Aside from wiping down the axles with grease prior to installation , I really don't see any area to gobb any extra grease as the axles are covered internally with a spacer tube ?

thanks
VBdiver



..
I picked up bearings from a local bearing shop and those had seals on both sides, I just popped off the seals and greased up the bearings with some water proof grease, then popped the seals back on. No way I'd not grease them.
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Old 02-27-2013, 06:05 AM   #74100
Foot dragger
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Joined: Dec 2006
Location: chico,just below rag dump(nor-cal)
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Quote:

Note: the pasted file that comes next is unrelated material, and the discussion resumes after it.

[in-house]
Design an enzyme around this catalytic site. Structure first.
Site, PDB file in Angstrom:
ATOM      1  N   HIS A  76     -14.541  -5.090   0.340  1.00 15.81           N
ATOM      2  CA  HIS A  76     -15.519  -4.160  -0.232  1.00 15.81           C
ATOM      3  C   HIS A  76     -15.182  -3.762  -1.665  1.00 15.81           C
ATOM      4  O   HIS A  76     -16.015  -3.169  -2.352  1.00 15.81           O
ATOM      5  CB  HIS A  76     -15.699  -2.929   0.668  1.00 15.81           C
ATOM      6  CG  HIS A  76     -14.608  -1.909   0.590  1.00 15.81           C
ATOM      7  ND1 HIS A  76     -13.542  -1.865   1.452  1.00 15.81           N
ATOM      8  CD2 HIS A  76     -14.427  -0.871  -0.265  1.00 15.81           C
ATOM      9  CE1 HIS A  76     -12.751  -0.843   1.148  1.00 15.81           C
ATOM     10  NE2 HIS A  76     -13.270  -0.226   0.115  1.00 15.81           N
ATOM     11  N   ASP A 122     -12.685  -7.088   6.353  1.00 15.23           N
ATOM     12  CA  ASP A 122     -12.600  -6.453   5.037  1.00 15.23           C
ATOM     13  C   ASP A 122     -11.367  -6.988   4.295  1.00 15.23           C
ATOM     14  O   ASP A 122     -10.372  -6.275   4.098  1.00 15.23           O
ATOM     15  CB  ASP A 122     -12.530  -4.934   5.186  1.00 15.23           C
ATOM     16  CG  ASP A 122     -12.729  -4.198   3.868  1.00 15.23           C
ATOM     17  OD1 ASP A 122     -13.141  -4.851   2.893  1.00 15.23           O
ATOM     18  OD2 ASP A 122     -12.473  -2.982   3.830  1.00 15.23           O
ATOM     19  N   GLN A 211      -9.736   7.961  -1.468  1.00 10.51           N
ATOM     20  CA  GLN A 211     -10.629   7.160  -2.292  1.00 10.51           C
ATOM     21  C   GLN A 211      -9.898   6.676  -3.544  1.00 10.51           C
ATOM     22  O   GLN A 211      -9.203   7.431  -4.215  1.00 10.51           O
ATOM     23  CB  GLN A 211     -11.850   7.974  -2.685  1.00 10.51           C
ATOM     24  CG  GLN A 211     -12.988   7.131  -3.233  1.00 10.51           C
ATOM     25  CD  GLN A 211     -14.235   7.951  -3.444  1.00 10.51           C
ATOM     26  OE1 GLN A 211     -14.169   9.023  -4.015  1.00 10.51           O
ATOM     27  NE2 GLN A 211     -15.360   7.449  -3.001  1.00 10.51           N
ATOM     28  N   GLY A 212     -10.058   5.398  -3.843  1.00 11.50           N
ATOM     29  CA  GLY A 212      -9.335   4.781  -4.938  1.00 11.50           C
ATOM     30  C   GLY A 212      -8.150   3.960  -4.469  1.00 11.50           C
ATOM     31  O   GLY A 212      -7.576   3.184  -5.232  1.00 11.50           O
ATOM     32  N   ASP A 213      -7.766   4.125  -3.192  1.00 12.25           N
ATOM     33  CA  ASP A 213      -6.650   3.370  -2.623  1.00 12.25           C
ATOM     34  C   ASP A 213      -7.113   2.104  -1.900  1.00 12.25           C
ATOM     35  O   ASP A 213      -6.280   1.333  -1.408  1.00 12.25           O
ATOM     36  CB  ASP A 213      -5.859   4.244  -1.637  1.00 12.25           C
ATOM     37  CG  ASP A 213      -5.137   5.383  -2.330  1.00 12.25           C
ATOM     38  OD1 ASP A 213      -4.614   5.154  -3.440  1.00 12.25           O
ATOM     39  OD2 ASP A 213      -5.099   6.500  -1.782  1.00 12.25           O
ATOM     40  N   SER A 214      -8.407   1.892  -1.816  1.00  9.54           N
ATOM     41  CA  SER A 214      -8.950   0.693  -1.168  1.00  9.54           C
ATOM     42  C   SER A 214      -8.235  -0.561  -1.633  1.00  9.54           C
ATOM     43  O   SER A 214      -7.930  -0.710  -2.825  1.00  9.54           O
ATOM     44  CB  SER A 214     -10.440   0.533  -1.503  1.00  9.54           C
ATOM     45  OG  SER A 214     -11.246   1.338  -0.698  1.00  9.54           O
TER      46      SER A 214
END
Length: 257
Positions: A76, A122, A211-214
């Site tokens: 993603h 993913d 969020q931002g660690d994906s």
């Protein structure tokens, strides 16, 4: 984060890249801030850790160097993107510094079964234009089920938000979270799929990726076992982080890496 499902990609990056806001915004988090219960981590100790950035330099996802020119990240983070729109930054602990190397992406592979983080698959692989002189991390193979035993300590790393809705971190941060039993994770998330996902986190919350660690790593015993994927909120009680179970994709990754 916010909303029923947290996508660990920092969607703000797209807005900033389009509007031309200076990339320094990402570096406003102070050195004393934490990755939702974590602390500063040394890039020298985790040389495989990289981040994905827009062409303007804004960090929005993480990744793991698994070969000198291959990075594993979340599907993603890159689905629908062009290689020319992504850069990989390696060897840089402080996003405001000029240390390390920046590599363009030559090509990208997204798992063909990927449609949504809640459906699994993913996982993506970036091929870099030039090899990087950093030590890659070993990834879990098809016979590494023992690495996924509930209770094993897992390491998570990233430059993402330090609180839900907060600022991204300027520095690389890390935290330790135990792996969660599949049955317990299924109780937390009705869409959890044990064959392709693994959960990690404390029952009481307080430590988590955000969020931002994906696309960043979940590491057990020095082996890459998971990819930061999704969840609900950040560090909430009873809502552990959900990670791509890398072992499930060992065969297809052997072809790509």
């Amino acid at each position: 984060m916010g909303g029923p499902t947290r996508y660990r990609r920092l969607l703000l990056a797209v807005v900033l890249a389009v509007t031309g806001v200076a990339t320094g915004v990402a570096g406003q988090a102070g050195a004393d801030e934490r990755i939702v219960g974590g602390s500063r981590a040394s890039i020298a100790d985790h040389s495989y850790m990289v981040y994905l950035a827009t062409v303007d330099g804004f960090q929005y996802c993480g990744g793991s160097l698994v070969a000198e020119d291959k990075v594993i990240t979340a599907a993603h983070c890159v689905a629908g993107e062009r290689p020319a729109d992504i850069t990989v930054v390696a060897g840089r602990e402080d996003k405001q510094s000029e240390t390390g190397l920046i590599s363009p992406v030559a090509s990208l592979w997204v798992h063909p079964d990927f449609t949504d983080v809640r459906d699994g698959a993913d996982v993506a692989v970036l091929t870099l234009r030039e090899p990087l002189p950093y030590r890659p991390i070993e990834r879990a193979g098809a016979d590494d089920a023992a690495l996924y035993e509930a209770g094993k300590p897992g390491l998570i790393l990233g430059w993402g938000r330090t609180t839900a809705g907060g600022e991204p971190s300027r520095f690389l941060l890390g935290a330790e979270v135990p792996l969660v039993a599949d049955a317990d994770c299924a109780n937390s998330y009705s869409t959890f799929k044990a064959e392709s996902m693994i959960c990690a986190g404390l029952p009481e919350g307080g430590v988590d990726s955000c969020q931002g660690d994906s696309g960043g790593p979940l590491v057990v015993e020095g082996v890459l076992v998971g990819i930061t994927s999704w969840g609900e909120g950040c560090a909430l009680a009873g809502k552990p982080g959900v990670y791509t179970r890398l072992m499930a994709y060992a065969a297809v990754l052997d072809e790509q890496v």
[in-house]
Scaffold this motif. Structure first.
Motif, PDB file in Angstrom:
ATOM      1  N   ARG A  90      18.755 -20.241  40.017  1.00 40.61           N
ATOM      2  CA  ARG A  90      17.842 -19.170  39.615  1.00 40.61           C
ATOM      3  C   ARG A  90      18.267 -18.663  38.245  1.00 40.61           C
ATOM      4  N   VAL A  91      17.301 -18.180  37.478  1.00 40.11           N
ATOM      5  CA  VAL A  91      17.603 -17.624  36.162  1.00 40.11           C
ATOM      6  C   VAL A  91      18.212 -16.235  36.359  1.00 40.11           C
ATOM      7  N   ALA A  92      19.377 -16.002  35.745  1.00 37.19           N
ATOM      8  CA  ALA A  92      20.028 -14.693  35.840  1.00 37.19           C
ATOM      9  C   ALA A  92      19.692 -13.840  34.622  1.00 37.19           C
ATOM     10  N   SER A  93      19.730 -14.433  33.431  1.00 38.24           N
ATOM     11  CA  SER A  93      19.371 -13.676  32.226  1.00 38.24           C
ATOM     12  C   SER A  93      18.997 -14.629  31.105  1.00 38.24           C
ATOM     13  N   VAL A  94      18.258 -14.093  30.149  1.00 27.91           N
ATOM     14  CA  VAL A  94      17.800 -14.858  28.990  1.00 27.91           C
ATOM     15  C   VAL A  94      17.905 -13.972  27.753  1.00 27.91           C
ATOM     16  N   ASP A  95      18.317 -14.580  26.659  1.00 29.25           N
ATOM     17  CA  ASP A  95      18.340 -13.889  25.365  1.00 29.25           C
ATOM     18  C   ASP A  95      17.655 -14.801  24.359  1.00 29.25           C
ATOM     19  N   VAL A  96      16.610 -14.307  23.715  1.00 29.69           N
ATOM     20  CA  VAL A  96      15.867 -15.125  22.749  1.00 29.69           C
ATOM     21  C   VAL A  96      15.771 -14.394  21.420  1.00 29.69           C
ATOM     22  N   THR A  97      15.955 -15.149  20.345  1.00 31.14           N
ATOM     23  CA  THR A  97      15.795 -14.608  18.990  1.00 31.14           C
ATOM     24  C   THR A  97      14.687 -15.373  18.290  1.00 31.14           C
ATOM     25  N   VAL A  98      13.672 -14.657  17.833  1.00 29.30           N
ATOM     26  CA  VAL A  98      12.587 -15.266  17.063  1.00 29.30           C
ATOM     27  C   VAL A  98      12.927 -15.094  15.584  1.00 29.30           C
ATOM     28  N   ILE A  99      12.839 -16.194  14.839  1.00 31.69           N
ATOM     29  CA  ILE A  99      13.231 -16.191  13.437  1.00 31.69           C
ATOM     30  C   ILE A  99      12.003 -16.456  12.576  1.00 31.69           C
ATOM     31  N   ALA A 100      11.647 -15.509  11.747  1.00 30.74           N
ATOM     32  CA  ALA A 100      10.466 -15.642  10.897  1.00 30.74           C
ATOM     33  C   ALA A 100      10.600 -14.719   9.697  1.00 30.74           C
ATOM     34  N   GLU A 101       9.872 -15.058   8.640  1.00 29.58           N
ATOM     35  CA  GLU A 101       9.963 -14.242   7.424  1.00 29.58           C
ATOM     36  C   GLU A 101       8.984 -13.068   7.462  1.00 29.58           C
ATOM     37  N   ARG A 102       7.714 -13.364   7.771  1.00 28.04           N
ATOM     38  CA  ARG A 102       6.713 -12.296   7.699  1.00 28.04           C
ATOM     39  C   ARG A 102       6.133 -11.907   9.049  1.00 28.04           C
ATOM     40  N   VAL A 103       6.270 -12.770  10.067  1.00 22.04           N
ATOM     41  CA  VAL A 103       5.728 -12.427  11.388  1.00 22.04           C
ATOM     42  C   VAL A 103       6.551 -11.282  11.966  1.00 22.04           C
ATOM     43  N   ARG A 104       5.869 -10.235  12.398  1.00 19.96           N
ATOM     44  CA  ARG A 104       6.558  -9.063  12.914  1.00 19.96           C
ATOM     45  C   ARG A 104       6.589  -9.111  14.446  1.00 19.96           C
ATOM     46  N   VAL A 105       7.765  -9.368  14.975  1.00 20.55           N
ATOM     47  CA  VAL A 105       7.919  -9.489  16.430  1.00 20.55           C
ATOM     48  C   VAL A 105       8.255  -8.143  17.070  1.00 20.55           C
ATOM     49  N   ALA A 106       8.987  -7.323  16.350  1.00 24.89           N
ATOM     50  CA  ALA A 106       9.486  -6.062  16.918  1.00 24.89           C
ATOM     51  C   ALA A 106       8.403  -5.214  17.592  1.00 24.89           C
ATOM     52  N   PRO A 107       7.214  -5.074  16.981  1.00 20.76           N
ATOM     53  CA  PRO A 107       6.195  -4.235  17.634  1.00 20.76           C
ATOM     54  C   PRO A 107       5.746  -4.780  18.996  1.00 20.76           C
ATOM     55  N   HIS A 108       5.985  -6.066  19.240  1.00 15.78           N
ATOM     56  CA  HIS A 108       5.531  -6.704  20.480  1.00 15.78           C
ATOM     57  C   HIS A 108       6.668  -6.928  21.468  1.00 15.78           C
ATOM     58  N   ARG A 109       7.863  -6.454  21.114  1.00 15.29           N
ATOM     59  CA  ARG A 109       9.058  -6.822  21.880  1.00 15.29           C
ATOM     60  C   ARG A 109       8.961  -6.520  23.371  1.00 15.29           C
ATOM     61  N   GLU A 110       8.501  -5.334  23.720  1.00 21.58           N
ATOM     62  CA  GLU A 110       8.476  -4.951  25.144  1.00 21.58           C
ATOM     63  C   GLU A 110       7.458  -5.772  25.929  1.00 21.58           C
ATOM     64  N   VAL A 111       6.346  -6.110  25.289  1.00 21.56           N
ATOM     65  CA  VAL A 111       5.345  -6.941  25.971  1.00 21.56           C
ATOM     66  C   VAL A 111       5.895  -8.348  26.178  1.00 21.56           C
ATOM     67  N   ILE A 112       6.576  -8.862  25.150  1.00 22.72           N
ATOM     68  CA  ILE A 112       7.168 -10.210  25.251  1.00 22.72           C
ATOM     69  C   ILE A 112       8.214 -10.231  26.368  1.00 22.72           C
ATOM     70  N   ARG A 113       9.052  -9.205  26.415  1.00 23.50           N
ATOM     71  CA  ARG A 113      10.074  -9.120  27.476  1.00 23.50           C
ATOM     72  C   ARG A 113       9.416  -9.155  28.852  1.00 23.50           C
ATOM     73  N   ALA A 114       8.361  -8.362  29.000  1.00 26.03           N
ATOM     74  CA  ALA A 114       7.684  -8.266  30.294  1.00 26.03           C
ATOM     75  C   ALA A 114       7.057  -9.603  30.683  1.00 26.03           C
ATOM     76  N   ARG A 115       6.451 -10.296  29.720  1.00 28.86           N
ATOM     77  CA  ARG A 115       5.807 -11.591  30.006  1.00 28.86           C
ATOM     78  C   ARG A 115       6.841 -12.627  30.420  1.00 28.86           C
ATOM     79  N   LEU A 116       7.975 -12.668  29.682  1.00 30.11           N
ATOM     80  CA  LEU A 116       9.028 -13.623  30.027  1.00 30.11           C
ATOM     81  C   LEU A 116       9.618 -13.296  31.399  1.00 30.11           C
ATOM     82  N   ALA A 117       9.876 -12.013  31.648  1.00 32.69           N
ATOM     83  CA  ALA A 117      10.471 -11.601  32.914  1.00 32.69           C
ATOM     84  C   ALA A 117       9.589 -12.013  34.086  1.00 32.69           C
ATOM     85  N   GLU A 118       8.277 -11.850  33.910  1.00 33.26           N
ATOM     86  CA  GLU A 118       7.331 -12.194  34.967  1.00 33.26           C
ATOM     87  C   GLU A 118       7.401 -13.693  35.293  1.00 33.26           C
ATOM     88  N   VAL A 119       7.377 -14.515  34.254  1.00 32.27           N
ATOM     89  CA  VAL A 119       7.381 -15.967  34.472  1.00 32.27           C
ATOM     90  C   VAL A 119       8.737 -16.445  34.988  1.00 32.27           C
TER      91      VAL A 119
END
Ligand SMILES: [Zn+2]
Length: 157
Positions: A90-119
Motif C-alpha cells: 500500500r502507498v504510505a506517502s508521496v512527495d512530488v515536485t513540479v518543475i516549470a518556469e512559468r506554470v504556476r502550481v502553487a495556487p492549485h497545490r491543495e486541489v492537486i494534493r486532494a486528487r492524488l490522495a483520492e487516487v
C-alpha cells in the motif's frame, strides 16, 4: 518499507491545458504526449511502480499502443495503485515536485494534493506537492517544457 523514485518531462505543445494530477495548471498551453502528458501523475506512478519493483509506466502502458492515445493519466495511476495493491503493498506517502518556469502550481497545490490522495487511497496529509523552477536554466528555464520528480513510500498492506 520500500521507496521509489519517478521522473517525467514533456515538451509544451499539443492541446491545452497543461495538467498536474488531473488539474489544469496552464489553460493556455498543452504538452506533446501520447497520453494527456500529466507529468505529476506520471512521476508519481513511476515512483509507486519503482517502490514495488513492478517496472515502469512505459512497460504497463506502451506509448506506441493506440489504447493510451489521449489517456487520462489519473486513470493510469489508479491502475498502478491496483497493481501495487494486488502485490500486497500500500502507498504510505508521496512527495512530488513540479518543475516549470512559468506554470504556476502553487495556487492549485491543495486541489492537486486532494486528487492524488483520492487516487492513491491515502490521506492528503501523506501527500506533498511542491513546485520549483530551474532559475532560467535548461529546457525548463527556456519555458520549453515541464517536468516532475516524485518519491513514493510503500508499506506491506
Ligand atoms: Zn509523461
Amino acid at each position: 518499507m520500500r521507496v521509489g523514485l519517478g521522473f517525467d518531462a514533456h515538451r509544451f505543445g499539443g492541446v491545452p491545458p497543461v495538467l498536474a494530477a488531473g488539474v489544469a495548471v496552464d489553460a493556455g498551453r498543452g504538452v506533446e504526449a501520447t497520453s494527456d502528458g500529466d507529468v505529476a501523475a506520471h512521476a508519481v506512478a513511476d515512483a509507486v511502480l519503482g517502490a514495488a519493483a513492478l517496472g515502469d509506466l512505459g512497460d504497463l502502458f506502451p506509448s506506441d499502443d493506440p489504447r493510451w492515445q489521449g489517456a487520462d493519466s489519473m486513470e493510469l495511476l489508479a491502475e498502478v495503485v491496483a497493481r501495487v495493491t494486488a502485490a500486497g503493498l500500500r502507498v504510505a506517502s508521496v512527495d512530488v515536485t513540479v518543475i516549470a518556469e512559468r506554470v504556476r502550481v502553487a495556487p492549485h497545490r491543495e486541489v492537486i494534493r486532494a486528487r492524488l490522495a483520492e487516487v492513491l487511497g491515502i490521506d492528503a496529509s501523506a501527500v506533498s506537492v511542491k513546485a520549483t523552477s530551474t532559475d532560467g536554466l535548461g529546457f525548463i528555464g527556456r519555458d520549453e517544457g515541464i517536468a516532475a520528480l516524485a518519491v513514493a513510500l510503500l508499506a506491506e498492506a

Originally Posted by Thunderhart8 View Post
I have a set of fly aero racing handlebars 1 1/8" , i think, with a protaper mount. I also have the stock handlebars which are wider i like. The fly bars are bent from playing to hard in the mud. So I decided that I wanted to go to stock and disassembled the handlebar with all the goodies. When I went to place the stock bars on there is a huge gap for the protaper mount and stock handelbars. Admittedly at this point I placed my beer down and I am taking a break.
I have lost the original mount and the protaper raises the bars up almost 2 inches away, much more comfortable. Is there a spacer or something out there that is available for purchase? If not I will suppose that fabricating would not be difficult. I was also thinking of placing a rubber spacer in the mount to absorb some of the natural shaking of the motor.

Your input and experience is most appreciated..
There are some economy priced bars around that will fit the 1 and 1/8 bar mounts you have,hunt on ebay or rocky mountain.com

The stock bars will bend in a stiff breeze.